Spotlight on Geopolitics

Last week’s 70-minute reception of the Dalai Lama by President Obama has greatly increased the tensions between the US and China, apparently putting Hu Jintao’s planned trip to Washington in April in doubt.

Whilst it is hard to gauge what US policymakers hope to gain from supporting Dalai Lama, one thing is clear : God has been enlisted as a major asset in the US’s quest for global leadership.

The only time the Church or religion had been successfully used against the enemies of the US was during the Cold War. During Jimmy Carter’s administration, countries like Romania were forced to give neo-protestant sects religious freedoms not enjoyed by the country’s Orthodox Church. During the 1980’s, CIA and the Catholic Church joined forces to cause the downfall of Poland’s shaky communist regime. Such efforts were successful because Soviet-style communists persecuted historical Christian churches in their bloc, thus gravely affecting the cultural identity of entire nations.

China, although led by communists, has never been Christian but Confucian. Trying to use the same recipes that worked against the Soviets shows the short-sightedness of Washington policymaking circles, which is sure to backfire. Chinese academics in Europe claim that the brand of Tibetan Buddhism which spreads within China’s urban areas promotes a Kama Sutra-type lifestyle among the young, affecting traditional family values (source: El Pais). If we add to that the US’s promotion and support of the Falun Gong sect, we can better understand why the Chinese perceive such activities as hostile and anti-Chinese. In truth, in the long run the Tibetans stand to benefit more from being part of China, in terms of infrastructure, education and economic opportunities, than from building a religious state under Indian-US influence…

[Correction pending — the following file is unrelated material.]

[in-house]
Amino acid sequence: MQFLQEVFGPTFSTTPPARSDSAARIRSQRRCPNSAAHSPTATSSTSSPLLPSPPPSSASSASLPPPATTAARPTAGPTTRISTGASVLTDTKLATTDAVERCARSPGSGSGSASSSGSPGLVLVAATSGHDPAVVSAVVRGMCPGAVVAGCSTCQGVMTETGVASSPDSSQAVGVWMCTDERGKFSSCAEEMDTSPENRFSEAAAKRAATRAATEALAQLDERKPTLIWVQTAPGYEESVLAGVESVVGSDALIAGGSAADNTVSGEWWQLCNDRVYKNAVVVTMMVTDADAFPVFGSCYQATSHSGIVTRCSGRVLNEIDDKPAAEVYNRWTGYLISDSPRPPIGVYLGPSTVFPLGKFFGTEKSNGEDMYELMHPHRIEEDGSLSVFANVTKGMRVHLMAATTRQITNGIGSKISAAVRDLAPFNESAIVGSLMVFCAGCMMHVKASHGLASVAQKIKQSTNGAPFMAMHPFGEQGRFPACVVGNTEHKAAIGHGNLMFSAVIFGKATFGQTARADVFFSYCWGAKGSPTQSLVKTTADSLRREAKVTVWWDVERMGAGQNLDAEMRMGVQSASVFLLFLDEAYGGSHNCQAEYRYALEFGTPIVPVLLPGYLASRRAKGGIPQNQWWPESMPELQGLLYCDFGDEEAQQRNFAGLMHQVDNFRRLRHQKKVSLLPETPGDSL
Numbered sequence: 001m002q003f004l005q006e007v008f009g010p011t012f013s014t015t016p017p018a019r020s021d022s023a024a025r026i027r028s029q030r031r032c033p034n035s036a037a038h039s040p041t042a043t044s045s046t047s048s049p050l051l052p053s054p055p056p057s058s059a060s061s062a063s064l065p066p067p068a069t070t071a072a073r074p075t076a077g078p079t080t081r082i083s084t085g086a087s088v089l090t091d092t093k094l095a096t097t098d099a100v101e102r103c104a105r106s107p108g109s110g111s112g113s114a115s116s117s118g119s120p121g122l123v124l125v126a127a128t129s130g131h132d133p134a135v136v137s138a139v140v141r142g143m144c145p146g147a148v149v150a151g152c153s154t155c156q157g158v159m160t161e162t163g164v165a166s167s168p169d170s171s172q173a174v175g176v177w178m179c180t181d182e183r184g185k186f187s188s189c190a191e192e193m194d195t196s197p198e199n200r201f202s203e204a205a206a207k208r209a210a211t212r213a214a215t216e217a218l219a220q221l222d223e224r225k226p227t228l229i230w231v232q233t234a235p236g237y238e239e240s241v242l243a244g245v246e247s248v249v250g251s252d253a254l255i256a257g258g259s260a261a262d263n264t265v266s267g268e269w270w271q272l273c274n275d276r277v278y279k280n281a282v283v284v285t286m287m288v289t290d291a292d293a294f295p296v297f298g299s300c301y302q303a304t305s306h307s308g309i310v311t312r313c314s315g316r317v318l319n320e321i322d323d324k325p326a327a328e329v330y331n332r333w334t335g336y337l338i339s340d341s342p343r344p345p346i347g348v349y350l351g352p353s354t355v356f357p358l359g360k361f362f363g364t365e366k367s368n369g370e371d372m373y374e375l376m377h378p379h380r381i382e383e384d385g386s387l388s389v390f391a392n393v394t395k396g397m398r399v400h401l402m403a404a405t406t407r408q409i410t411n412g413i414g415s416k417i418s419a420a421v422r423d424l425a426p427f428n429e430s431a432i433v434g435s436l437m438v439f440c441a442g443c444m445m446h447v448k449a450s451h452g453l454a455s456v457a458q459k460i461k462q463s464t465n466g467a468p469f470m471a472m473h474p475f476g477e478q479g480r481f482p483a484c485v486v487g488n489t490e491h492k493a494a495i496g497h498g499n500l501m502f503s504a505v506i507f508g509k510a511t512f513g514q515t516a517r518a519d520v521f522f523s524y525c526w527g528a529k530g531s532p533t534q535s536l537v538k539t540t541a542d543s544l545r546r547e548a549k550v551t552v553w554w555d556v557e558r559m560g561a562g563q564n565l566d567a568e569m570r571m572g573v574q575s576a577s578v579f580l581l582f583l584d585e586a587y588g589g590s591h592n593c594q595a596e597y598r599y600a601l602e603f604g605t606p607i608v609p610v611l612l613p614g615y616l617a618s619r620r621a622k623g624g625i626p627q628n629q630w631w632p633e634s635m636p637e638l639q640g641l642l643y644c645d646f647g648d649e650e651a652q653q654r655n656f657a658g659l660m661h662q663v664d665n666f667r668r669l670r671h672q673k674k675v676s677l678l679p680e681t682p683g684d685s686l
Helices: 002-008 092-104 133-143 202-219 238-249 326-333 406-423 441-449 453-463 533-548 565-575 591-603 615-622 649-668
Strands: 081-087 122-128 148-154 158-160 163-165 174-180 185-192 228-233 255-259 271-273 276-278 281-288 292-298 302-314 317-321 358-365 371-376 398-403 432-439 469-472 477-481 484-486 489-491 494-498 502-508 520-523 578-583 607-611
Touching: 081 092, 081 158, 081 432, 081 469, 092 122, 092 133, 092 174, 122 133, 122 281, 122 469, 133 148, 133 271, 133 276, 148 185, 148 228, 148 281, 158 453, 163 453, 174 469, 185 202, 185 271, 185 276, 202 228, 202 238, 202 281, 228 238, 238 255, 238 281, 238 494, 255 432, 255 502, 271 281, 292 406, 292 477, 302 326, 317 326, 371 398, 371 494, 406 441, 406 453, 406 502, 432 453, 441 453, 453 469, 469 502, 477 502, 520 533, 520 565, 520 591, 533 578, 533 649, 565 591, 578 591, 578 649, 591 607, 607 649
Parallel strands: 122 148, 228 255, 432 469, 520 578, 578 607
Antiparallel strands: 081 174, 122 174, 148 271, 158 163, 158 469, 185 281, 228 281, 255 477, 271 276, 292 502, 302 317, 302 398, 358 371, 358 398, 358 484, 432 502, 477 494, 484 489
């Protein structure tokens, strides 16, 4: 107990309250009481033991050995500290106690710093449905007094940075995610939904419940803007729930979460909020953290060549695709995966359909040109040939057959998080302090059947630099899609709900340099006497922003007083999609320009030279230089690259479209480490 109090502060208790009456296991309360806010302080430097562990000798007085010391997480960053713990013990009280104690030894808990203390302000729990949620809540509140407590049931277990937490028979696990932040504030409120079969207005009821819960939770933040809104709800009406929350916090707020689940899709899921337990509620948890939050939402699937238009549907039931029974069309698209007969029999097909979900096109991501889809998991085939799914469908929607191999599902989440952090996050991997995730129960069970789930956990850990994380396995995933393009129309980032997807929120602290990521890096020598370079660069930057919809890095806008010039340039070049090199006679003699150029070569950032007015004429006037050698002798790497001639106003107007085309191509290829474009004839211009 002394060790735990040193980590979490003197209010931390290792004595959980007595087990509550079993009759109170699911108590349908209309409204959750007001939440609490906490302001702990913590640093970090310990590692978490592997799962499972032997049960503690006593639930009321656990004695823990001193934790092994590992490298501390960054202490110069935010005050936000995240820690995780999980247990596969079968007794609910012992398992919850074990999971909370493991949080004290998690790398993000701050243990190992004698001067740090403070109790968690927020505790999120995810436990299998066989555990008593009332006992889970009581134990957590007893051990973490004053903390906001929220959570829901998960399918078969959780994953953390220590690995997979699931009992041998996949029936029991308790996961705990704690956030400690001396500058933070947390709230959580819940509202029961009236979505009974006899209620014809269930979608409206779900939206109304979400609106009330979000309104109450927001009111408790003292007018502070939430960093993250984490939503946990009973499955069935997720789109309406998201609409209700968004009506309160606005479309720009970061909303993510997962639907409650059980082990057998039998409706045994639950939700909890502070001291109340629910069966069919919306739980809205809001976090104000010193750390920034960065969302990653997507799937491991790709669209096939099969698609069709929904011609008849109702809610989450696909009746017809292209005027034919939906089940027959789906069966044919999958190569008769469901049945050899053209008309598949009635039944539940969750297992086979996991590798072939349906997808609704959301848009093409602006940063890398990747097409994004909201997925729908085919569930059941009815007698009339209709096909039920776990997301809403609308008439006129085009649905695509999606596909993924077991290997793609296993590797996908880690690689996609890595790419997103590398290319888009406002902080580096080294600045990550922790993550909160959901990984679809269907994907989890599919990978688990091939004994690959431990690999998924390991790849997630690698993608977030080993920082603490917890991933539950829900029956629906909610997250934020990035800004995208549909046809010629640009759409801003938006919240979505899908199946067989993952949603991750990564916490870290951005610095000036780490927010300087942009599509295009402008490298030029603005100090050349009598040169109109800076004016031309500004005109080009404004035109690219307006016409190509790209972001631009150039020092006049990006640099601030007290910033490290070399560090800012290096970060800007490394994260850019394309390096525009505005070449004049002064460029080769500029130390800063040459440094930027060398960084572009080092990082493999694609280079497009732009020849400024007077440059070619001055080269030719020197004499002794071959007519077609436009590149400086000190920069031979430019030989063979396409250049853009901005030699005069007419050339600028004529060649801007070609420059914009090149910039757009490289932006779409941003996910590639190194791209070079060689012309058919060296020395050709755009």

Under the leadership of Ms. Rice at the State Department, the US neo-protestant sects and religions – Jehova’s witnesses, the Mormons, Baptists or the Adventist Church – were encouraged to intensify their expansion in Hungary, Romania or Bulgaria, greatly upsetting the religious leadership of these countries. During the 2004 and 2008-9 elections in Romania, for example, the voters attracted by such denominations, mainly Gypsies from Western Romania, helped elect a newly-minted Christian Democrat, very pro-Bush and pro-US party to power.

Another very well-known example of using religion as a means of neutralising one’s political enemies comes from Israel. During the 1980’s, Tel Aviv policymakers and secret services encouraged the spread of Islam in Gaza in the hope of counteracting the PLO’s Moscow-trained leader Yasser Arafat. This, however, ultimately led to the creation of Hamas, with disastruous consequences for Israel’s security.

Using religion to undermine or influence other countries is morally and politically wrong, and the Obama administration should abandon it for good. As history proves, encouraging militant religious movements could lead to more trouble than it’s worth.

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